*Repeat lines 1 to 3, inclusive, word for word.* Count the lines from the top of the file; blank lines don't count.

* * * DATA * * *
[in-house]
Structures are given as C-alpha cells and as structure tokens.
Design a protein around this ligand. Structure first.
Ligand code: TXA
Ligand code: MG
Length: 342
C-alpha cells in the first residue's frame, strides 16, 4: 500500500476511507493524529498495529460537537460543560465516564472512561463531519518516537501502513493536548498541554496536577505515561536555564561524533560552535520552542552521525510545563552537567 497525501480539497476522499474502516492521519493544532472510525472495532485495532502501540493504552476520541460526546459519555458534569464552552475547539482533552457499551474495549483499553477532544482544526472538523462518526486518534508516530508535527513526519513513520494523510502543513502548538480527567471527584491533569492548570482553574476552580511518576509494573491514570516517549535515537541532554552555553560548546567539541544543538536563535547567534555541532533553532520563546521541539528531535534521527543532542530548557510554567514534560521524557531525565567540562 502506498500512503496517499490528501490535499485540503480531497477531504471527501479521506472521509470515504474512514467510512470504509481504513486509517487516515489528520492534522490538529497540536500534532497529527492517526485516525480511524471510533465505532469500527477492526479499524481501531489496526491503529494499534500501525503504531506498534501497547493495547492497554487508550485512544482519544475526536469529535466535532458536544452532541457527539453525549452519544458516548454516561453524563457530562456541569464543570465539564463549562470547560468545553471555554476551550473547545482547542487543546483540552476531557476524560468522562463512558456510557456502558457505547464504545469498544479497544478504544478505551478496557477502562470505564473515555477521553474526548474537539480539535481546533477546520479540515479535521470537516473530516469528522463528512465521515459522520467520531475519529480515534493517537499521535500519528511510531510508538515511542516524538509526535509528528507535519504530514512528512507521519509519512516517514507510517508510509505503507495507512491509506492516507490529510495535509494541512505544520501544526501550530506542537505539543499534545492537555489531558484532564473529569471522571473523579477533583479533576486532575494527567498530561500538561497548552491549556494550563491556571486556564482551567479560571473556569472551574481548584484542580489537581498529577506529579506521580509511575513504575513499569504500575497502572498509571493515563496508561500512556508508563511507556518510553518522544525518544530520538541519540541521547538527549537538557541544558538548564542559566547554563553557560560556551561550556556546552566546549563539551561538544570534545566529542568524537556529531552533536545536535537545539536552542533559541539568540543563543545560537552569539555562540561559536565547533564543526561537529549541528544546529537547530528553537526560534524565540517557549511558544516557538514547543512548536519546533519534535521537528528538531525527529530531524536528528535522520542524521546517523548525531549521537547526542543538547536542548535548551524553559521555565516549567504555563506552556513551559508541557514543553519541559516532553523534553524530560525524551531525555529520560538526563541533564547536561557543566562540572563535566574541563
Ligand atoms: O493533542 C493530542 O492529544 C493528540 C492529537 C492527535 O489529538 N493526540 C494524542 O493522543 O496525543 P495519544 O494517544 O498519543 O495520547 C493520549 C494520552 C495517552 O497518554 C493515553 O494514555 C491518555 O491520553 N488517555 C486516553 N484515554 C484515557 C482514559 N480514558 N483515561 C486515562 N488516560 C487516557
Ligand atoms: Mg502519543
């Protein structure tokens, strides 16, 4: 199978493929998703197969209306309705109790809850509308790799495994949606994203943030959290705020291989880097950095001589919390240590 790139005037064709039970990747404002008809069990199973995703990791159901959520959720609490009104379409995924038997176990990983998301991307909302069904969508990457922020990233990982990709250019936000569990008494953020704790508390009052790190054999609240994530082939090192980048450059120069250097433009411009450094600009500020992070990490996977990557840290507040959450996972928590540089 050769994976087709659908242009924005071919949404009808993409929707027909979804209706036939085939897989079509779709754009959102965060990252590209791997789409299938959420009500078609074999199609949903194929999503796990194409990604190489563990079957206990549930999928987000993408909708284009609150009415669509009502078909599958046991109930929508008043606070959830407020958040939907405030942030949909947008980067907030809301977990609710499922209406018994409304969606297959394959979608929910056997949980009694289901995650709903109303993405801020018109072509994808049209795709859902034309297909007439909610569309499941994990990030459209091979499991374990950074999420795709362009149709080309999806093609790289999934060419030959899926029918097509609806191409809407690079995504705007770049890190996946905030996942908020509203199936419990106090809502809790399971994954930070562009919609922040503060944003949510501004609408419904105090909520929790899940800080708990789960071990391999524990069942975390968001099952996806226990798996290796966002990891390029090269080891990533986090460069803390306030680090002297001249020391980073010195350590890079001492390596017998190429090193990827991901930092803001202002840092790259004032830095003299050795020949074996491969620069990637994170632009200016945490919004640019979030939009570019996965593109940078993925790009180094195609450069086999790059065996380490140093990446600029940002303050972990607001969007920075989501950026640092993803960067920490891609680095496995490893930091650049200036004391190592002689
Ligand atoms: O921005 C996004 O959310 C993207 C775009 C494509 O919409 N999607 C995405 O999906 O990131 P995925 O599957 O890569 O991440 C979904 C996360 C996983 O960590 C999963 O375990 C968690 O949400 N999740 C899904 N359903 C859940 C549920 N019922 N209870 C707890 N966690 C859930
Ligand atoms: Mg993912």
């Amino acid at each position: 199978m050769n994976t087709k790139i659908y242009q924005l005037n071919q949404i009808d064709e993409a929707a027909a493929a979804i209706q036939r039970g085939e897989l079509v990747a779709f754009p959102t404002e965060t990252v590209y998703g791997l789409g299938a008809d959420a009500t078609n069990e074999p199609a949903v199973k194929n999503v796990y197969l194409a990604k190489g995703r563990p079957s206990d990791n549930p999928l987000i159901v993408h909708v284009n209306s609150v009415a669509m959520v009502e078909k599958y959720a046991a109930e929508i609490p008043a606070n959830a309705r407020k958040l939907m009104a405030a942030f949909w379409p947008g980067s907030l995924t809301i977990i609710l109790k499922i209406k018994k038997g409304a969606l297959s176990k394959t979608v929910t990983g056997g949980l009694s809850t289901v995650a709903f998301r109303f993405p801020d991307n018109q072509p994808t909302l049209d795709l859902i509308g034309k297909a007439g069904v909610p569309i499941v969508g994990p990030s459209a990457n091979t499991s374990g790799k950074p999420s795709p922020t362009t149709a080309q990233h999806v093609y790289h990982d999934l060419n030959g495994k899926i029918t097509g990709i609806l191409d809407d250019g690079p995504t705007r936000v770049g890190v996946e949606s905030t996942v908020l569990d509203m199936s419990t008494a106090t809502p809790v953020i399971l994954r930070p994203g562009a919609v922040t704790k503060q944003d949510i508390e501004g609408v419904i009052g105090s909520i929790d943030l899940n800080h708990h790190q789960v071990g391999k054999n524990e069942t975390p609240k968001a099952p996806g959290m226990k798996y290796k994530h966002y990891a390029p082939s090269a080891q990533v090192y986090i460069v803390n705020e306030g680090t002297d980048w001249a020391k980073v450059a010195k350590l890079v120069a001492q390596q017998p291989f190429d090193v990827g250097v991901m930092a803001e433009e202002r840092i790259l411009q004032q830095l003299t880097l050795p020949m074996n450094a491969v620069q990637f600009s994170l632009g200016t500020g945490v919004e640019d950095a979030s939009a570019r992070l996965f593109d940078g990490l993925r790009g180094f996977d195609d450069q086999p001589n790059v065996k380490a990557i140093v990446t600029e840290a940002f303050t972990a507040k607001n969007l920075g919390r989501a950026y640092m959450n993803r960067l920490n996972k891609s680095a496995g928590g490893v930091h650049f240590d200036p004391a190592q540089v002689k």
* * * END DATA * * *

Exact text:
[in-house]
Structures are given as C-alpha cells and as structure tokens.
Design a protein around this ligand. Structure first.